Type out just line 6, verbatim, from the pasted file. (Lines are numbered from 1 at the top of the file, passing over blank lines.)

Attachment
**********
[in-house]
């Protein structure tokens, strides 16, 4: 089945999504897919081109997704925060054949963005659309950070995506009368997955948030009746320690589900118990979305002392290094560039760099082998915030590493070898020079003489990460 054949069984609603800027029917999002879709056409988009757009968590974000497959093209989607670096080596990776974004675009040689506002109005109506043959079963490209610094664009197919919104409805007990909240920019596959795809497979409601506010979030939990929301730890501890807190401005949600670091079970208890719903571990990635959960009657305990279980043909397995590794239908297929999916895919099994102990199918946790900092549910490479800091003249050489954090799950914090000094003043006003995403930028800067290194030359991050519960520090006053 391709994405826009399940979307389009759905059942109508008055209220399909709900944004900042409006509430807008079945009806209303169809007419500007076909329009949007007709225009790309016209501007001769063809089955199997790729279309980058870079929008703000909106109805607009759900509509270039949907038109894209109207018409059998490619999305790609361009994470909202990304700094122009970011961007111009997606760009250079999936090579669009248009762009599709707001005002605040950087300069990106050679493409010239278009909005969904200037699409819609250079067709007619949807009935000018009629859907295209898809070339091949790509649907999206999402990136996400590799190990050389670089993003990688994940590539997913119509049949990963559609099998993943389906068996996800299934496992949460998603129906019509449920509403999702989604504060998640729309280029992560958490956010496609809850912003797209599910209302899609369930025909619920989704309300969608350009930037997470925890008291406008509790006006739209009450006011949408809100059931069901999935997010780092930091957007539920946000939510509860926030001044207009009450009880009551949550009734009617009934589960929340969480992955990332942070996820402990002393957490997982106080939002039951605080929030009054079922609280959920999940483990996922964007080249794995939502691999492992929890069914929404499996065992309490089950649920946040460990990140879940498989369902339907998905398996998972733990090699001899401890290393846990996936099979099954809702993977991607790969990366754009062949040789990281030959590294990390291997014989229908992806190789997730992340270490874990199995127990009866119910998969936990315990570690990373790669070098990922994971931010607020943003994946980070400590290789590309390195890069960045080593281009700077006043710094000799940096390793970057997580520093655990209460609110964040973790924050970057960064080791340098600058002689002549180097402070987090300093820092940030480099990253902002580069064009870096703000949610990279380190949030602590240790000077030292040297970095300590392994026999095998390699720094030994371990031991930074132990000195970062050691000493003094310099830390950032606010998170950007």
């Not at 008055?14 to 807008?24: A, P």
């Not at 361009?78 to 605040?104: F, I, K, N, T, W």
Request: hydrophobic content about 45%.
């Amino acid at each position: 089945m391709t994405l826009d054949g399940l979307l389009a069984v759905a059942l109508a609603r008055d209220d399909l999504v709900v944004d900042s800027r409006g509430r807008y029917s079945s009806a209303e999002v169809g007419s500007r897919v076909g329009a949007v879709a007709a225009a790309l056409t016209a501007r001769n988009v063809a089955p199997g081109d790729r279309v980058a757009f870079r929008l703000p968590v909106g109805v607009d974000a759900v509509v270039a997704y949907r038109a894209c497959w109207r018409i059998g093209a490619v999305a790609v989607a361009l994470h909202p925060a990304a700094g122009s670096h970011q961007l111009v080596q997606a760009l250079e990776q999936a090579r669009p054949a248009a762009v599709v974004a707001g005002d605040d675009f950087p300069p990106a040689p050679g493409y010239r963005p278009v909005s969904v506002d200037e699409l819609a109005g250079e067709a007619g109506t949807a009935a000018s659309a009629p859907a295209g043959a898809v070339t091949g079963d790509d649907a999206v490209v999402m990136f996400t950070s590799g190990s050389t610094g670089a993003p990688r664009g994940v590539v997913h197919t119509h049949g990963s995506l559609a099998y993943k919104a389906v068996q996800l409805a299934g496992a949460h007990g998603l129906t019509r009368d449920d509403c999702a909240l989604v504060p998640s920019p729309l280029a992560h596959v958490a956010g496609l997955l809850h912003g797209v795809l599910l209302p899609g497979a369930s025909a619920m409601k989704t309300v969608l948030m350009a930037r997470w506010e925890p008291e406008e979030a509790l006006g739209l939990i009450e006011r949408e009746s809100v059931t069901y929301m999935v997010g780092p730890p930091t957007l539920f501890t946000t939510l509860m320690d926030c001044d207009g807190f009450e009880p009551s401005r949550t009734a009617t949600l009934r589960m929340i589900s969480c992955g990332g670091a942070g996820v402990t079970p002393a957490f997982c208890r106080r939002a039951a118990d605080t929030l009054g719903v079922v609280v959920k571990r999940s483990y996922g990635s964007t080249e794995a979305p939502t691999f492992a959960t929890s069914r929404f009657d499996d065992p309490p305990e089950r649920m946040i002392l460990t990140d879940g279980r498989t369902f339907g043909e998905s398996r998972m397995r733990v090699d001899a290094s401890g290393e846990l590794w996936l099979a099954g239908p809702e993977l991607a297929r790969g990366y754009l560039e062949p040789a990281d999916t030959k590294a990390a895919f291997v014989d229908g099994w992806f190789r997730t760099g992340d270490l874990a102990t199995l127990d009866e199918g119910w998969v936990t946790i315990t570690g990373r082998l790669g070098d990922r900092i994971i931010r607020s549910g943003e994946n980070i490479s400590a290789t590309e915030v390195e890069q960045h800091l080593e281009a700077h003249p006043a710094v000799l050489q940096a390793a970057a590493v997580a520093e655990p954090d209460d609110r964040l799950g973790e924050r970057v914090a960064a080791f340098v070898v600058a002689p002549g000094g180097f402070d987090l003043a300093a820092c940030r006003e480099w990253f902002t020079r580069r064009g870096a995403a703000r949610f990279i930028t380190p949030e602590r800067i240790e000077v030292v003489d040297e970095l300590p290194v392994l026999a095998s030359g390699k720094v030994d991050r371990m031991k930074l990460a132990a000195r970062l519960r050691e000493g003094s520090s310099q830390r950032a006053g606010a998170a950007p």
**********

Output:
């Amino acid at each position: 089945m391709t994405l826009d054949g399940l979307l389009a069984v759905a059942l109508a609603r008055d209220d399909l999504v709900v944004d900042s800027r409006g509430r807008y029917s079945s009806a209303e999002v169809g007419s500007r897919v076909g329009a949007v879709a007709a225009a790309l056409t016209a501007r001769n988009v063809a089955p199997g081109d790729r279309v980058a757009f870079r929008l703000p968590v909106g109805v607009d974000a759900v509509v270039a997704y949907r038109a894209c497959w109207r018409i059998g093209a490619v999305a790609v989607a361009l994470h909202p925060a990304a700094g122009s670096h970011q961007l111009v080596q997606a760009l250079e990776q999936a090579r669009p054949a248009a762009v599709v974004a707001g005002d605040d675009f950087p300069p990106a040689p050679g493409y010239r963005p278009v909005s969904v506002d200037e699409l819609a109005g250079e067709a007619g109506t949807a009935a000018s659309a009629p859907a295209g043959a898809v070339t091949g079963d790509d649907a999206v490209v999402m990136f996400t950070s590799g190990s050389t610094g670089a993003p990688r664009g994940v590539v997913h197919t119509h049949g990963s995506l559609a099998y993943k919104a389906v068996q996800l409805a299934g496992a949460h007990g998603l129906t019509r009368d449920d509403c999702a909240l989604v504060p998640s920019p729309l280029a992560h596959v958490a956010g496609l997955l809850h912003g797209v795809l599910l209302p899609g497979a369930s025909a619920m409601k989704t309300v969608l948030m350009a930037r997470w506010e925890p008291e406008e979030a509790l006006g739209l939990i009450e006011r949408e009746s809100v059931t069901y929301m999935v997010g780092p730890p930091t957007l539920f501890t946000t939510l509860m320690d926030c001044d207009g807190f009450e009880p009551s401005r949550t009734a009617t949600l009934r589960m929340i589900s969480c992955g990332g670091a942070g996820v402990t079970p002393a957490f997982c208890r106080r939002a039951a118990d605080t929030l009054g719903v079922v609280v959920k571990r999940s483990y996922g990635s964007t080249e794995a979305p939502t691999f492992a959960t929890s069914r929404f009657d499996d065992p309490p305990e089950r649920m946040i002392l460990t990140d879940g279980r498989t369902f339907g043909e998905s398996r998972m397995r733990v090699d001899a290094s401890g290393e846990l590794w996936l099979a099954g239908p809702e993977l991607a297929r790969g990366y754009l560039e062949p040789a990281d999916t030959k590294a990390a895919f291997v014989d229908g099994w992806f190789r997730t760099g992340d270490l874990a102990t199995l127990d009866e199918g119910w998969v936990t946790i315990t570690g990373r082998l790669g070098d990922r900092i994971i931010r607020s549910g943003e994946n980070i490479s400590a290789t590309e915030v390195e890069q960045h800091l080593e281009a700077h003249p006043a710094v000799l050489q940096a390793a970057a590493v997580a520093e655990p954090d209460d609110r964040l799950g973790e924050r970057v914090a960064a080791f340098v070898v600058a002689p002549g000094g180097f402070d987090l003043a300093a820092c940030r006003e480099w990253f902002t020079r580069r064009g870096a995403a703000r949610f990279i930028t380190p949030e602590r800067i240790e000077v030292v003489d040297e970095l300590p290194v392994l026999a095998s030359g390699k720094v030994d991050r371990m031991k930074l990460a132990a000195r970062l519960r050691e000493g003094s520090s310099q830390r950032a006053g606010a998170a950007p």